This year, once again, my little sister and I watched the Great British Bake Off together (Great British Baking Show in the US), and did our version of a bake-along. Every week we picked one of the challenges and attempted to bake it, within the time constraints that the challengers were given.
Yesterday was the finale, and while we were very sad that our two favorite contestants (Tasha and Saku) didn’t actually make it to the finale, we were both quite happy with the person who won.
Options for the finale included eclairs, which was, eh, mainly because we’ve both made choux pastry a bazillion times in the past so it wasn’t going to be any sort of challenge, and a three-layer fancy cake, which neither of us wanted to make because that’s a lot of cake when there’s only two people in the house. The third option, however, was something neither of us (or the contestants, for that matter) had heard of: Lardy Cake.
Lardy Cake is a yeast-based dough that is laminated with a mixture of butter and lard. The recipe the contestants were given, however, sounded absolutely revolting, as it included (yes you guessed it) lard, as well as a bunch of dried fruit. On a whim, though, I started poking around on the internets, and lo, the internets graced me with recipes for lardy cake that not only did not include lard, but also did not include dried fruit. Specifically, this recipe.
Normally I would have been timing myself, but because we veered significantly from the GBBO approved recipe, I didn’t bother setting a timer. So this morning, after the usual round of cat-related chores (filling feeders, scooping litter boxes, giving the diaper-clad incontinent cat a butt bath, why yes, my life is super glamourous, why do you ask?), I set up the dough. An hour later, I rolled it out and spread two thirds of it with a mix of softened butter, brown sugar, cinnamon and nutmeg.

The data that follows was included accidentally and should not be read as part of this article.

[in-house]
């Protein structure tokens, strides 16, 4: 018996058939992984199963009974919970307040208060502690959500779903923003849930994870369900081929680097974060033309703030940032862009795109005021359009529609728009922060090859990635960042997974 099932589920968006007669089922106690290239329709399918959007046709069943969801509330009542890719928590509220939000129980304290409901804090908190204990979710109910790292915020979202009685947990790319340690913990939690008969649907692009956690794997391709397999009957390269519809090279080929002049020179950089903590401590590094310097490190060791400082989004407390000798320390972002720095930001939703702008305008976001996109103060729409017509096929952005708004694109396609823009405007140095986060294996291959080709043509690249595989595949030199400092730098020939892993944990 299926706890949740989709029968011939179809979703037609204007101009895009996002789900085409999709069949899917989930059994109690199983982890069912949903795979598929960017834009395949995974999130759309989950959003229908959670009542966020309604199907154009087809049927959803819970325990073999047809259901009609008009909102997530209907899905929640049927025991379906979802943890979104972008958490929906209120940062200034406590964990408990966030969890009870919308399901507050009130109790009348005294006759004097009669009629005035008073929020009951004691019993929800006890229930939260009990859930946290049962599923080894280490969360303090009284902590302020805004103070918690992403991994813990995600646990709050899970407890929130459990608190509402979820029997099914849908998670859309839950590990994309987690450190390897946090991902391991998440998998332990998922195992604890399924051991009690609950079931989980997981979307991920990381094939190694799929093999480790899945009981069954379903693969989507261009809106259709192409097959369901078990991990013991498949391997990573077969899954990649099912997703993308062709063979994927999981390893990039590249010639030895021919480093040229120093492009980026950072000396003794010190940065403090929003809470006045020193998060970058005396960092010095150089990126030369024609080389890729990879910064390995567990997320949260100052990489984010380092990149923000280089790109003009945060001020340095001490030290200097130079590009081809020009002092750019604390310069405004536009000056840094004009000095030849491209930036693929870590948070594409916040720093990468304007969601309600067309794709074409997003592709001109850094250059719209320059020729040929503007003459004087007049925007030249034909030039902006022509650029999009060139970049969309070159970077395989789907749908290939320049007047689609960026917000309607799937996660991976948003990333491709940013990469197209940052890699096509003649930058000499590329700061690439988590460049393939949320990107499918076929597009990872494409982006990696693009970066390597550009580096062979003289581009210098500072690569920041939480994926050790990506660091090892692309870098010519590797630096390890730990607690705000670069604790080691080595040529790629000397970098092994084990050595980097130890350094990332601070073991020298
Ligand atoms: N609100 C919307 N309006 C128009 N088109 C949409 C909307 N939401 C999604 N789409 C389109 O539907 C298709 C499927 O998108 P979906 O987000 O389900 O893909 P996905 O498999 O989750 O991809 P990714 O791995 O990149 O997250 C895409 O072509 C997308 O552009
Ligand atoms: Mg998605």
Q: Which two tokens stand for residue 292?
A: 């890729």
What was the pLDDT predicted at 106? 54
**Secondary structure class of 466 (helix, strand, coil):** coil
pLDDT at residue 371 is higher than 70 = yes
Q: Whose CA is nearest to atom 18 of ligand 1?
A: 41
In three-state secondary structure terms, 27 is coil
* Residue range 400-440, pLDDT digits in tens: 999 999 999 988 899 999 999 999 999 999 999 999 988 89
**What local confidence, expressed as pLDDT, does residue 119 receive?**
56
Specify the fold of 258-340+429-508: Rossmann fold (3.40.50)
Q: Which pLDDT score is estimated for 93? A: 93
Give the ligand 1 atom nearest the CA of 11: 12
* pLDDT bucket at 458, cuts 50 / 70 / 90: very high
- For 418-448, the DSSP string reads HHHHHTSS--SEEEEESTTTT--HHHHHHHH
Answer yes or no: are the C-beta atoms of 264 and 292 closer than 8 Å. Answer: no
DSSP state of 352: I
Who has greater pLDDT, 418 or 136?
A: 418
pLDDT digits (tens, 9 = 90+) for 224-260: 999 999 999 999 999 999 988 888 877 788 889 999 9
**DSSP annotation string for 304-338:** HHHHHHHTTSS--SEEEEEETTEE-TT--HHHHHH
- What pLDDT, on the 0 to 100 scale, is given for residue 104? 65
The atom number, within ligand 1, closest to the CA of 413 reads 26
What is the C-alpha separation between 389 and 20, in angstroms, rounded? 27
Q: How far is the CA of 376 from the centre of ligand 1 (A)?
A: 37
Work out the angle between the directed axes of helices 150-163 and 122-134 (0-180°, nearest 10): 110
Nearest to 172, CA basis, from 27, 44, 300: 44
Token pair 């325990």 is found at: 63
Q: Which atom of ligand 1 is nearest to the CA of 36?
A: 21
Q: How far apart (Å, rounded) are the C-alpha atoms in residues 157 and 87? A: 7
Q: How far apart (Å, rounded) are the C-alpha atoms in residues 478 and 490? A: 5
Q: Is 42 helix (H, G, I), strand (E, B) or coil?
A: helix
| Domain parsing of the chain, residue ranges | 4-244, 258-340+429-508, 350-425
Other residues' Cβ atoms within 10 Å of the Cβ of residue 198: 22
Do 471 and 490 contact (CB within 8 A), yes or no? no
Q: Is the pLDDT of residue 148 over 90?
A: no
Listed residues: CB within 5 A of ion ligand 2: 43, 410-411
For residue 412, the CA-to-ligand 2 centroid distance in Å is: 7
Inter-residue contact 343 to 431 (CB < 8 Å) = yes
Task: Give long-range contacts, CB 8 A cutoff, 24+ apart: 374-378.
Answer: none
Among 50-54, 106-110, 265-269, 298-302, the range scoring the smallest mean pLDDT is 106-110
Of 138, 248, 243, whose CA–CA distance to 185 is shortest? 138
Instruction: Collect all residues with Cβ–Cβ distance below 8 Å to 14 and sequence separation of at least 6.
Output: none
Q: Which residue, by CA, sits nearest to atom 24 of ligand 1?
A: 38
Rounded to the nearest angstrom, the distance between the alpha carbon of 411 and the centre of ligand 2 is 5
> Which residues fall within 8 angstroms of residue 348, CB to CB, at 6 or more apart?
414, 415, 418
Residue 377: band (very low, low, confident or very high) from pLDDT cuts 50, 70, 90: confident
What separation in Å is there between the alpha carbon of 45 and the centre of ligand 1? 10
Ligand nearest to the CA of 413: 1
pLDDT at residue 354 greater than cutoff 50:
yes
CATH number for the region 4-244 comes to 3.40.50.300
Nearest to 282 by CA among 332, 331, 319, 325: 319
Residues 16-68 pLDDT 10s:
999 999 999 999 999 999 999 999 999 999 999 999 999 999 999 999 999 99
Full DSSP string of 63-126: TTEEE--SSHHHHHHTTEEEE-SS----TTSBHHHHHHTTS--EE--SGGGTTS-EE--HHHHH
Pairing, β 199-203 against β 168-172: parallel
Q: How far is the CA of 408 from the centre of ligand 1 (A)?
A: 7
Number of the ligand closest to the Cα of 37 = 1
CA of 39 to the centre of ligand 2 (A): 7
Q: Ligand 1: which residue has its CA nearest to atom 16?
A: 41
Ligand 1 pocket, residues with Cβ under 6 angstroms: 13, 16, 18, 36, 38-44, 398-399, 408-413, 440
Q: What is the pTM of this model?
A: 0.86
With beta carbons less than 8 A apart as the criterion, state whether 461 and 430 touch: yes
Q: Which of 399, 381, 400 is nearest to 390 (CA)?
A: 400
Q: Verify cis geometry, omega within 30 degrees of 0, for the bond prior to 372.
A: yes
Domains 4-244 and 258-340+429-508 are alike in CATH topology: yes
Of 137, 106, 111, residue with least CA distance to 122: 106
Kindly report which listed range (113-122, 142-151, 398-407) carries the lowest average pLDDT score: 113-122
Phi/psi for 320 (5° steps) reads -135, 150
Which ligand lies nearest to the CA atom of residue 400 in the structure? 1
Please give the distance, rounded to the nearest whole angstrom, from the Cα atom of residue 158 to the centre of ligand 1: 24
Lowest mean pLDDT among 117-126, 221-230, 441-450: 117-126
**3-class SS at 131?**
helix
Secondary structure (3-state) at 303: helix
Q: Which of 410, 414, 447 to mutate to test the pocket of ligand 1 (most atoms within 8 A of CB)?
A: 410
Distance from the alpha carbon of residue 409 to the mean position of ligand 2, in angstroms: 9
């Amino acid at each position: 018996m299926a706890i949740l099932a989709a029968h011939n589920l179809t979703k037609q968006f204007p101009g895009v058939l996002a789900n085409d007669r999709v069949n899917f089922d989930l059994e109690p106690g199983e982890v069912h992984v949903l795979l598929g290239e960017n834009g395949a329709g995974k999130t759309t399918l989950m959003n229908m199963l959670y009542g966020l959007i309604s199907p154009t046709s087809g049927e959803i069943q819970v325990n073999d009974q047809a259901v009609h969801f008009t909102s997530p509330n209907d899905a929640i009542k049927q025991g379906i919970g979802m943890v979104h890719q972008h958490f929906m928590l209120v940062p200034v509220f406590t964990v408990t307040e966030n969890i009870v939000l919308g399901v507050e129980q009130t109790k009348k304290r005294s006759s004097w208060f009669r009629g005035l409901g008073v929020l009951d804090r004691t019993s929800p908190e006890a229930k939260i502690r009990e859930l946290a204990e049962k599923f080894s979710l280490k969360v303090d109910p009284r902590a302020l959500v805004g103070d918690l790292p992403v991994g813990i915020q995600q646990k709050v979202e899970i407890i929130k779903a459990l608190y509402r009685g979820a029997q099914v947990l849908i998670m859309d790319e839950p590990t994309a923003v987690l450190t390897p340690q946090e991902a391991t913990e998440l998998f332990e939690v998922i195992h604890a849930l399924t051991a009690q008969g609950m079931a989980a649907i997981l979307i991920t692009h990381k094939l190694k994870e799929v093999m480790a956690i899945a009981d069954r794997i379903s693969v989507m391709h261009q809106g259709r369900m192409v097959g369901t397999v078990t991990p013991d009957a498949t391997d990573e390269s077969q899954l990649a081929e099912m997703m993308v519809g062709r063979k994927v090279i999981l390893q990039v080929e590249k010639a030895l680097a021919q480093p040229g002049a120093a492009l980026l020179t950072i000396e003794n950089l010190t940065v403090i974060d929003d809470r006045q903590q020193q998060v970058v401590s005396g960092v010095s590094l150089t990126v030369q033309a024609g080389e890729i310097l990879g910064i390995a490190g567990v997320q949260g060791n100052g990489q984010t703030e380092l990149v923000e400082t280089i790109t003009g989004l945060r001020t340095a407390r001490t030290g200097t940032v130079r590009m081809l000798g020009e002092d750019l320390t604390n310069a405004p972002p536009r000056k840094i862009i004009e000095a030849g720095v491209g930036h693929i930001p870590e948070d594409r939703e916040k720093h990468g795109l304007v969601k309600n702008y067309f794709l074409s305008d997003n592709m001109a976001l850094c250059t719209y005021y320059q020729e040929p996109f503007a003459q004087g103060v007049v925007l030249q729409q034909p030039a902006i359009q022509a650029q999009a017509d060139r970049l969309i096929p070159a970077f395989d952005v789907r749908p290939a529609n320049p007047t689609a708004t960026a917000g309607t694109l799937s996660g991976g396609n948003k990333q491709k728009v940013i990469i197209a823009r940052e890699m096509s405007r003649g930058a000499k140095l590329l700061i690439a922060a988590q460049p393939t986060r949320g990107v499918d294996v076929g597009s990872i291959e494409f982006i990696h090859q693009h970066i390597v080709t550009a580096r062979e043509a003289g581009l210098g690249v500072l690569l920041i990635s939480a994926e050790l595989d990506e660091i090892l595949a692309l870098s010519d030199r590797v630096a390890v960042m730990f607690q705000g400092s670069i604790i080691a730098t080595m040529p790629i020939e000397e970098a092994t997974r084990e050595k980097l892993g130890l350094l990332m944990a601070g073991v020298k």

Then I did the first of 5 envelope folds, which are how you get the layers in laminated dough. You fold one third of the dough to the middle, then the other outer third over the first third, and let it rest. Turn the dough, gently roll it out into a rectangle again, and then repeat the envelope fold a couple more times. This helps spread the flavored butter out between ever thinner layers of the dough.
After the final fold, I pressed it into a greased springform pan. I did smoosh it into a circle but during the rising process it kind of, well, unsmooshed itself. Ah well.
Half an hour in the oven and here’s my finished Lardy Cake. It isn’t very exciting to look at, I realize.
But look at what’s inside!
I am super pleased with all those layers.
The cake itself is more like a sweet bread, and is actually very reminiscent of a croissant in that the outer layers were flakey and buttery, and the inner layers are soft and lightly sweet. Cake or bread or whatever you want to call it, however, this thing is absolutely delicious. And except for about half an hour of folding and resting, it doesn’t take all that much effort to put together. It’s certainly not a fast bake, as there were two hour-long rises before it even went into the oven, but oh, it’s definitely worth it.
‘Tis the season for Holidailies.